MLS on ESPN/ABC Continues to Underwhelm


Part of the problem Major League Soccer has on television is undoubtedly the amateur nature in which the Disney family network has treated the league for years. We’ve had shows come and go like MLS Extra Time, and MLS Soccer Saturday. We’ve seen the TV ratings go down almost every year and have continued to be insulted when ESPN or ESPN 2 showcases other sporting events during MLS games but never MLS games during other sporting events. (I taped the Miami-Virginia Tech game that I attended at the same time as a taped Crew-Fire. During the MLS games every 30 minutes we were reminded that ESPN was showing Miami-Va Tech, but never during the ACC game were we reminded that ESPN 2 was showing an MLS game.) This has gone on for years and years as it seems like the network never wants to promote MLS during other sports broadcasts.

The MLS Cup on ABC this past Sunday was more of the same. JP Dellecamara is a true professional but otherwise listening to the broadcast was a waste of time and insult to the intelligence. John Harkes didn’t have a whole lot to say of a critical nature during the telecast and Julie Foudy continued to be the master of the obvious in the studio with the always upbeat and pro MLS Rob Stone. ABC has averaged a 0.8 rating for MLS Cup the last few years while many more viewers have watched international matches when featured on ABC. Yet no effort has been made by the Disney networks to reach beyond MLS’ core of fans. When ESPN and ABC were not paying rights fees for the league this was more understandable. Now however it makes no sense whatsoever. The network seems to be ashamed of having the rights to MLS even though they cross promote US National Team games with other sporting properties and get much higher viewership for the random US game than for even the best MLS games on ESPN and ESPN 2.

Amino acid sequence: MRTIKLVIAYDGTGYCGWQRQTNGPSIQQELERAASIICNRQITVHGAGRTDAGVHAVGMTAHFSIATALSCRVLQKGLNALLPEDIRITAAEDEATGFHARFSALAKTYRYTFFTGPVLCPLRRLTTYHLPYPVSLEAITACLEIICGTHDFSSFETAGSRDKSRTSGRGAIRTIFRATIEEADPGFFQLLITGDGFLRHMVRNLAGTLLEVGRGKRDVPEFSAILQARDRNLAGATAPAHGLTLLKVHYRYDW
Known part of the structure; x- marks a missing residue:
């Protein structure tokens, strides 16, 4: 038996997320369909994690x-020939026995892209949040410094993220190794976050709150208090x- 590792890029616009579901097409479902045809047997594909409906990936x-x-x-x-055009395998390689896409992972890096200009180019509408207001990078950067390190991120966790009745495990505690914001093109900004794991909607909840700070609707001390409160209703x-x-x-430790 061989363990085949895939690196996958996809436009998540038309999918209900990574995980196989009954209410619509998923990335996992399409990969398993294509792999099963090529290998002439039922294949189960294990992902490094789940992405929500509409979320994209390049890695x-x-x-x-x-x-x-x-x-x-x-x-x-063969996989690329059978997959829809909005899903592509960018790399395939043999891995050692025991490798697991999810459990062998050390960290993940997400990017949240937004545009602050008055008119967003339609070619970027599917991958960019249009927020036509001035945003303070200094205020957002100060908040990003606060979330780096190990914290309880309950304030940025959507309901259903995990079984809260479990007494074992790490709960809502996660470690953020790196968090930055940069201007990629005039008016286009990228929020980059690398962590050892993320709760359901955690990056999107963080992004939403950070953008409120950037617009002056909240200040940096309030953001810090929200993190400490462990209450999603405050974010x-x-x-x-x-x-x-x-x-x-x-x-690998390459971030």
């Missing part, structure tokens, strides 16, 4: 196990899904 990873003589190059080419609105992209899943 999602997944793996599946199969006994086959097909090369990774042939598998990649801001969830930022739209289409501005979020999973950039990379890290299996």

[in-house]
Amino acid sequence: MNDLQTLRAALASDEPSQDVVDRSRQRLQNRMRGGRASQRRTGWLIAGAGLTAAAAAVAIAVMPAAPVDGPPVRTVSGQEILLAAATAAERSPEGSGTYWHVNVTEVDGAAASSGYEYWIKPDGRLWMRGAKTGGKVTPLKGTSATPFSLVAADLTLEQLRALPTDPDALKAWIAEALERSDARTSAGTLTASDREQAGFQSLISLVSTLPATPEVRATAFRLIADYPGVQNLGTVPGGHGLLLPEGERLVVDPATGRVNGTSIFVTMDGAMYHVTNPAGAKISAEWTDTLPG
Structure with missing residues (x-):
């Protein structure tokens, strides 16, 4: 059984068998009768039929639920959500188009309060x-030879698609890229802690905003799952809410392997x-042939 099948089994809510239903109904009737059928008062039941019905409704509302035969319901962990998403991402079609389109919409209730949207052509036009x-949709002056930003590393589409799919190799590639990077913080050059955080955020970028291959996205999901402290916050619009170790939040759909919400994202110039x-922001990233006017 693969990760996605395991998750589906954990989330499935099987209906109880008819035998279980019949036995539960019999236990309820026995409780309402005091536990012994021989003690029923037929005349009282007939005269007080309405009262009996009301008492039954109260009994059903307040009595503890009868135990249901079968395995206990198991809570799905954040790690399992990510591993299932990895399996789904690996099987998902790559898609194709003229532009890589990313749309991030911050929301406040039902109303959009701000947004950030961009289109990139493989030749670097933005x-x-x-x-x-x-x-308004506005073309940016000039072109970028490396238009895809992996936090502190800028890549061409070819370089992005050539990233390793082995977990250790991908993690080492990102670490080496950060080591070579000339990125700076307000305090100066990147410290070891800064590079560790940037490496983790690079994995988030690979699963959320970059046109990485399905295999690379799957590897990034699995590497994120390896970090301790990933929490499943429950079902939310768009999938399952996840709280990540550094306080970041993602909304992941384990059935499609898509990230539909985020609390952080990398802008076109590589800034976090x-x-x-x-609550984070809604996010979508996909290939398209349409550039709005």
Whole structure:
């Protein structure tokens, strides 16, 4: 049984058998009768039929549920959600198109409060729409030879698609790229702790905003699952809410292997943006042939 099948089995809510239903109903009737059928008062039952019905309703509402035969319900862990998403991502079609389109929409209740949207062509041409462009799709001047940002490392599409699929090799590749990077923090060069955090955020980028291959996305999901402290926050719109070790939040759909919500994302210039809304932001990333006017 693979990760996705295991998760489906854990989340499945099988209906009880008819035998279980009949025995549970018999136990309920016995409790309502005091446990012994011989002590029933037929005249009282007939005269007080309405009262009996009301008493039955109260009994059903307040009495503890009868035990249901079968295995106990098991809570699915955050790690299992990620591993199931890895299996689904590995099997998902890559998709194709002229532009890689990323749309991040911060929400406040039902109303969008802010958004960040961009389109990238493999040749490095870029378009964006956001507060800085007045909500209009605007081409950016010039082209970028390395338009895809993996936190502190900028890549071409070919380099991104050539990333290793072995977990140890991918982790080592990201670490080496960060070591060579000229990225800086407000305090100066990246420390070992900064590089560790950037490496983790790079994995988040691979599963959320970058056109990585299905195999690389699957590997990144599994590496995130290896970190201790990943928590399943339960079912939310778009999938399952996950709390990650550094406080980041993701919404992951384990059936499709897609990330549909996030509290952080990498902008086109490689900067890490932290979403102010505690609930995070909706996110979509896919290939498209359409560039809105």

The in game production was satisfactory other than all of the typical ESPN graphics and of course the bottom line ticker. This brings up another issue. For years the Disney networks have promoted sports they have the rights to by building the brand and name recognition through basic things. One of the most basic ways of doing this is on the bottom line where with every major college football, college basketball, MLB, NFL, or NBA game they give a basic individual statistic next to the score. With MLS this would be simple: list a goalscorer or two with the number of goals they’ve scored during the season in parenthesis. However this has never been done. It’s obvious even on the bottom line ticker,ESPN is anxious to get MLS or any other Soccer news of the screen as quickly as possible.

The mainstream media largely based in the Northeast still has a bias against this game. Much of the growth of football in the United States has been fueled by immigration patterns in what Kevin Phillips, the former Republican strategist turned cynical author coined the Sun Belt. As is the case with the mainstream news media whose tendencies and reporting seem to lag behind the reality of American society based on geography, ESPN’s recognition of the massive move towards this sport reflects the bias of the print media and long time sports writers whose world rises and sets with the Boston Red Sox and the New York Giants, el al. Many of these same writers just recently broadened their horizons in College Football to discover the quality of the game in South and Plains states. These same writers who today dismiss Soccer previously saw NCAA Football as the exclusive province of Notre Dame and the Big Ten.